Cuba based rap duo, Zona Franka, blends traditional rhythms with the grit and swagger of hip-hop and rap vocal phrasings. Their clever shout choruses create instant tropical dance classics using their unique self-titled "changui con flow" style.
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Artist:   Francisco Aguabella

Style Released Album Tracks Charts
Latin Jazz 1999 10 0


© 1999 Ubiquity Recordings. All rights reserved.
Audio album download includes album tracks, liner notes and cover art.
All audio tracks in MP3-VBR format. About LPM album downloads.
# Name Play Time Info
01  Short Story
Alternative text
3:30 funky mambo with swinging horns
02  Quien Eres Tu
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5:12 debajo de una mata de mango te vi
03  Wood Place
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4:24 extended conga solo
04  Nena
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4:57 salsa con guaguanco, extended timbal solo
05  Cavalie
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3:18 hard bop tune, drumset featured
06  Son to Any Kind
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4:55 mood piece, piano and muted trumpet featured
07  Intensity
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4:02 another hot up-tempo number
08  Vencido
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4:31 beautiful piano intro, hip 6/8 sections
09  Caito
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4:46 no quedó ni el gato, caito se lo llevó
10  Danzonete
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4:56 el nombre lo dice todo
If there is such a thing, Aguabella is both the modern master and original gangster of Afro-Cuban music.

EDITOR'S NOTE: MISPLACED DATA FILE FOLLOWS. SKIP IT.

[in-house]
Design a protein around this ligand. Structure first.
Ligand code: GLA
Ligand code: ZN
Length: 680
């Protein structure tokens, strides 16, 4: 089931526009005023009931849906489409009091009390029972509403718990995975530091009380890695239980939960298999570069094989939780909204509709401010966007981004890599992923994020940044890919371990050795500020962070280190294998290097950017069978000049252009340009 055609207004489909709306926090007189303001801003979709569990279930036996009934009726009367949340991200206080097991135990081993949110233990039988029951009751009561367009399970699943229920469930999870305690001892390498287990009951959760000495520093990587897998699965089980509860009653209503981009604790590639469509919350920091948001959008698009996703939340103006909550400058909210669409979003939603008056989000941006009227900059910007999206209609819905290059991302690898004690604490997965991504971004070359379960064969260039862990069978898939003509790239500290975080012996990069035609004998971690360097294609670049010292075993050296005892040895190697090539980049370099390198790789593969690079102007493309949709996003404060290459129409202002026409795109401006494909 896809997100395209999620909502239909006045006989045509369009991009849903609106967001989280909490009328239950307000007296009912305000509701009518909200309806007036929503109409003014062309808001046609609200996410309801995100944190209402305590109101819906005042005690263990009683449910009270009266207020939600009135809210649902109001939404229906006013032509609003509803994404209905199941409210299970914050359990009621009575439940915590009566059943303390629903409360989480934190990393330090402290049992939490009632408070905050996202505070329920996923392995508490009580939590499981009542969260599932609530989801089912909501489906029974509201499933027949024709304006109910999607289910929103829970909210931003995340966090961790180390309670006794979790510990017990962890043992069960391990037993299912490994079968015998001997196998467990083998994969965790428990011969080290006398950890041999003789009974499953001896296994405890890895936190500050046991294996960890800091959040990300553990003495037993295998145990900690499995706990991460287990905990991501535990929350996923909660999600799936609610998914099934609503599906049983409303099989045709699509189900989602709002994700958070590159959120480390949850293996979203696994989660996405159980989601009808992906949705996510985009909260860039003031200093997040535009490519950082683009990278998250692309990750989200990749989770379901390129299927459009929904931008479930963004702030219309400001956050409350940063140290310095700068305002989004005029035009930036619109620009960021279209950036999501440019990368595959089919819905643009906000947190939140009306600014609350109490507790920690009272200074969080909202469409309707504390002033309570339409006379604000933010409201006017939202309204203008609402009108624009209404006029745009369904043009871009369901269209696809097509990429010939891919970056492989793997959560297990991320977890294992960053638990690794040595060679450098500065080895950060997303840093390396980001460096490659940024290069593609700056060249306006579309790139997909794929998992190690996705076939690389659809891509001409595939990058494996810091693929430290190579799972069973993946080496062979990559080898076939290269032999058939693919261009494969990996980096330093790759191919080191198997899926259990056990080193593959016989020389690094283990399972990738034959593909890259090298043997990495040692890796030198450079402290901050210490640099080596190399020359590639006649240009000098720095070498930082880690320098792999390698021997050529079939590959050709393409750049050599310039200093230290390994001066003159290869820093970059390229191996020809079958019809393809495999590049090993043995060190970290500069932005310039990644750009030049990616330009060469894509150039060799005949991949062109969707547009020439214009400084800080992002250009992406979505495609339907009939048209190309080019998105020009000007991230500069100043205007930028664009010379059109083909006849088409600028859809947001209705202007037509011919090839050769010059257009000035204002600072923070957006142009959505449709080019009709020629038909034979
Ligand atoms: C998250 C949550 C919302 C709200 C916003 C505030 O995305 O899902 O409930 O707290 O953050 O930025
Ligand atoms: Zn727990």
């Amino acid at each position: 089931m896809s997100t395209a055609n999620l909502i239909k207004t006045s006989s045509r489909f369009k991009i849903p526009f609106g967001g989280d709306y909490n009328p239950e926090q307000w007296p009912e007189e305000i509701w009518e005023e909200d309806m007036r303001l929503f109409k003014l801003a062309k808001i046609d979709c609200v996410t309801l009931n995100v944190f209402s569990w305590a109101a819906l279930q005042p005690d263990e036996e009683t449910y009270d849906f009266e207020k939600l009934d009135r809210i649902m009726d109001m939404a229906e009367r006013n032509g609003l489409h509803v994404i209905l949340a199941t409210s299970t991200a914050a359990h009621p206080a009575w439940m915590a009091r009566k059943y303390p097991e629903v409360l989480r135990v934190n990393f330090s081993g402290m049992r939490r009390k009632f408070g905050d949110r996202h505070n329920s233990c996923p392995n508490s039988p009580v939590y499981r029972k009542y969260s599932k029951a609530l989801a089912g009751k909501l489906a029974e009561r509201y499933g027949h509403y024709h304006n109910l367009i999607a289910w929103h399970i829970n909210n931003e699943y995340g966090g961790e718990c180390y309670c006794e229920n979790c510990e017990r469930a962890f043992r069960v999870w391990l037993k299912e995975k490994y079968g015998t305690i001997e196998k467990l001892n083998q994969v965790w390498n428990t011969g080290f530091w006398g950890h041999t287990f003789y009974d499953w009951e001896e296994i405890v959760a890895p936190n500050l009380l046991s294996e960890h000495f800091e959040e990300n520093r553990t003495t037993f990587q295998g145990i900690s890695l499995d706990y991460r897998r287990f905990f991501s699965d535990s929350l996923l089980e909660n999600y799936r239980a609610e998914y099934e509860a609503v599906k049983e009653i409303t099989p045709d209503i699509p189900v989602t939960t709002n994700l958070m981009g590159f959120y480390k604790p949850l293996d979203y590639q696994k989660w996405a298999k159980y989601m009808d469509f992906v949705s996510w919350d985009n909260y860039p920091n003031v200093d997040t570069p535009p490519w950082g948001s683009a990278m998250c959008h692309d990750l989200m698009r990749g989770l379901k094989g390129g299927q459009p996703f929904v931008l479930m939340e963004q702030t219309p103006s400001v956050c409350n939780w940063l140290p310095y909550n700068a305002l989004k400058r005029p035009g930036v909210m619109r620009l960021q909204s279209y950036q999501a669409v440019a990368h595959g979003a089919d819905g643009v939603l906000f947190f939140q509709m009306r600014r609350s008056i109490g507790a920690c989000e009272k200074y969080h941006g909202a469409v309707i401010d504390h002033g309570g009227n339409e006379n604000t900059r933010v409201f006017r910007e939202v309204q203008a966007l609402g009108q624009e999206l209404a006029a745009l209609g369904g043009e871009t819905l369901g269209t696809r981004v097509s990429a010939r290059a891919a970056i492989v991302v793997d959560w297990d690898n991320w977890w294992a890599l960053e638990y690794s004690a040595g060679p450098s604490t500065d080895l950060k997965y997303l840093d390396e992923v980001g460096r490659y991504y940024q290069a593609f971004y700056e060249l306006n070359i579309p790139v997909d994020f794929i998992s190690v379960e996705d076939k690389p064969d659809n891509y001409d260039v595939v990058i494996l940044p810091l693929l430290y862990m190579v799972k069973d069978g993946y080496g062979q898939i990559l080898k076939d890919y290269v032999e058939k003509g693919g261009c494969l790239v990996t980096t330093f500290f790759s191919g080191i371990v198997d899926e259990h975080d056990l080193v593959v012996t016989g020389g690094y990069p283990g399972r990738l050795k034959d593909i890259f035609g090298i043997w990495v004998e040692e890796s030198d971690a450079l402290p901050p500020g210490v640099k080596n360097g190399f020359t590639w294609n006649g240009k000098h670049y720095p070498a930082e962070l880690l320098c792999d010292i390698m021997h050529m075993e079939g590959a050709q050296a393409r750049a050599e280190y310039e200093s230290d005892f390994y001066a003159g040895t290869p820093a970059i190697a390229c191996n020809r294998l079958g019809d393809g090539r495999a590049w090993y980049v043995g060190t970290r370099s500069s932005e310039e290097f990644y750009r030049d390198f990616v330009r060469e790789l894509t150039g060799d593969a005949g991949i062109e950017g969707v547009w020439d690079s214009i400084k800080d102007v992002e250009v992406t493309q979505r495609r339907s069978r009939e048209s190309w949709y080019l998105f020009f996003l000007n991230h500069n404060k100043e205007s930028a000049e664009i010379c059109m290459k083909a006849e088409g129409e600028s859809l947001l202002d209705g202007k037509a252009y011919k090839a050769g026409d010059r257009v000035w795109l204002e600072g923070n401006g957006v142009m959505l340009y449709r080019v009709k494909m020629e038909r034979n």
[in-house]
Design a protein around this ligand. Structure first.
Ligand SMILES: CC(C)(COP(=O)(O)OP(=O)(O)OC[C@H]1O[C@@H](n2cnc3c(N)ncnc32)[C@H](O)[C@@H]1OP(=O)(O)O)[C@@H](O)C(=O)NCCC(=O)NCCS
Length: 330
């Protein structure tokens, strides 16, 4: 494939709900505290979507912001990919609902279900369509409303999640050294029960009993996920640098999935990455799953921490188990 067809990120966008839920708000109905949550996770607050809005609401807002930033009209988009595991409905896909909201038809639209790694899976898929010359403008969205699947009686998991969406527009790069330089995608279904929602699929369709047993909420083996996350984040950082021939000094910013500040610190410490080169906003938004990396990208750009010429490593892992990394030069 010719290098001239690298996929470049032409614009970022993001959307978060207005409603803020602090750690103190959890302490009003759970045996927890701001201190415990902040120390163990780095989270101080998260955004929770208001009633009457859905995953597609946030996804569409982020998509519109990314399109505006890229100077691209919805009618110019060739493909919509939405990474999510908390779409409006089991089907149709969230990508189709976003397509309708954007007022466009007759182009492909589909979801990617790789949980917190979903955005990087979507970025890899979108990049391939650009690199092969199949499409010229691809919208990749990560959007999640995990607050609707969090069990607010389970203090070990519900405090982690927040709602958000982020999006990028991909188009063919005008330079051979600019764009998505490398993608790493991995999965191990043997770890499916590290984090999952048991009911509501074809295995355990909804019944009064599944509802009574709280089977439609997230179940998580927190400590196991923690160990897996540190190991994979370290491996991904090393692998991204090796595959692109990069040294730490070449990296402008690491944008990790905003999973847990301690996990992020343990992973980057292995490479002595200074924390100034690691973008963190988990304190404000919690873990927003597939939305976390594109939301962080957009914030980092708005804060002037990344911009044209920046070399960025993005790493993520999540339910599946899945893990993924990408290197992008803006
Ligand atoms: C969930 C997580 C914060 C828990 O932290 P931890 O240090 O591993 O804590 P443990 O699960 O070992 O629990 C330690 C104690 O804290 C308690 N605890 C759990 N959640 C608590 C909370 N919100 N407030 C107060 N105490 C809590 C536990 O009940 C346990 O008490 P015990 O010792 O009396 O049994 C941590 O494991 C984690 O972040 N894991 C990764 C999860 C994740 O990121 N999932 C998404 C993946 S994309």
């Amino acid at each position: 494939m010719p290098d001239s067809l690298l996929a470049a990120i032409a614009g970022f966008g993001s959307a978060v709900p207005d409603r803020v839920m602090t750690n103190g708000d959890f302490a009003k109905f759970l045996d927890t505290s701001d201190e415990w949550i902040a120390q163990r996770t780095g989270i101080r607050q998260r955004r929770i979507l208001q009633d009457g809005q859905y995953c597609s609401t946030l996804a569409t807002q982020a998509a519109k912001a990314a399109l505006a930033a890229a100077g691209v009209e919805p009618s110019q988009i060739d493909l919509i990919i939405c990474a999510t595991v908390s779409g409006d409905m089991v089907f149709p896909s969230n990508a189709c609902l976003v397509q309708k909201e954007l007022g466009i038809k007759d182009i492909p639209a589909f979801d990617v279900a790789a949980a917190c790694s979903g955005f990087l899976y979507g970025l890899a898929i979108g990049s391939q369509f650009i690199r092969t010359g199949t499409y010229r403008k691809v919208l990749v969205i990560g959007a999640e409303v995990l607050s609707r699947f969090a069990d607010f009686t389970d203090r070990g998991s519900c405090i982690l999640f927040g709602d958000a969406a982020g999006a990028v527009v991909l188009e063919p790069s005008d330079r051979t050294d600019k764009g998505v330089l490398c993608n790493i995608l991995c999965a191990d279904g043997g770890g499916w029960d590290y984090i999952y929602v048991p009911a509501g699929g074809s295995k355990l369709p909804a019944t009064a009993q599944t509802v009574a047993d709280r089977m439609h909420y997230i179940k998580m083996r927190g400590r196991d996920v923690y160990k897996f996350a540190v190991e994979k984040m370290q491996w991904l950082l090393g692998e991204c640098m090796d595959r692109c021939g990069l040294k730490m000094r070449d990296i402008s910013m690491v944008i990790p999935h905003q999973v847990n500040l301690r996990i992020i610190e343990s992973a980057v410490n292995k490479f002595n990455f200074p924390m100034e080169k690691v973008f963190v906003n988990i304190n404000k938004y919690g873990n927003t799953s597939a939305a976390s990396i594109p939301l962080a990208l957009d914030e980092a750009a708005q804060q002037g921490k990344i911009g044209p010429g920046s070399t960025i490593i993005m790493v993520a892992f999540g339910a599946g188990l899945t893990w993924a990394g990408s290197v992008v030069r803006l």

There is no shortage of conguero-led Afro-Cuban and Latin jazz groups in the world. With so many household names like Poncho Sanchez and Ray Barretto to choose from, why stop and take notice of the slightly below the radar Francisco Aguabella? All questions will be answered and doubt will disappear at the first listen to 1999's H2O. While other percussionist/bandleaders have their roots firmly in the mambo dance craze of the '50s and '60s, Aguabella's music is born of rhumba.

The difference is palpable. From his distinct, clear, sharp tone to his enigmatic, quinto-driven phrasing, Francisco, though a staple of the New York scene for many decades, never left Havana. Producer Orlando "Cachaito" Lopez, a Latin jazz headliner himself, managed to capture the raw, no-frills energy of Aguabella's style on H2O beautifully. Sonically, the record has the closeness and intensity of first-row seats in a small, smoky club. Stylistically a little less folkloric than Francisco's first release, Agua de Cuba, there's a dance sensibility that drives the record. The arrangements are plenty jazzy, but without losing the visceral punch that so many bandleaders sacrifice. The selections with vocals are definitely salsa, but without being homogenized or slick, maintaining the funky quality so often sacrificed in preference toward shiny production. If there is such a thing, Aguabella is both the modern master and original gangster of Afro-Cuban music.

Musicians on "H 2 O"

Francisco Aguabella Leader, Vocals, Tumbadoras, Batá
David Romero Bongos
Joan Rotondi Piano
Ed Smith Drums
Dan Weinstein Trombone
Joe Rotondi, Jr. Piano
Eduardo Reyes Arranger
Jeff Bender Photography
Ryan Hicks Design
Neugue Hernández Timbales
Jonathan Pintoff Bass
Luis Mariachis Gonzales Trumpet
Luis González Trumpet
Nengue Hernández Timbales, Vocals
Orlando "Cachaito" Lopez Vocals, Producer
Charles Owens Saxophone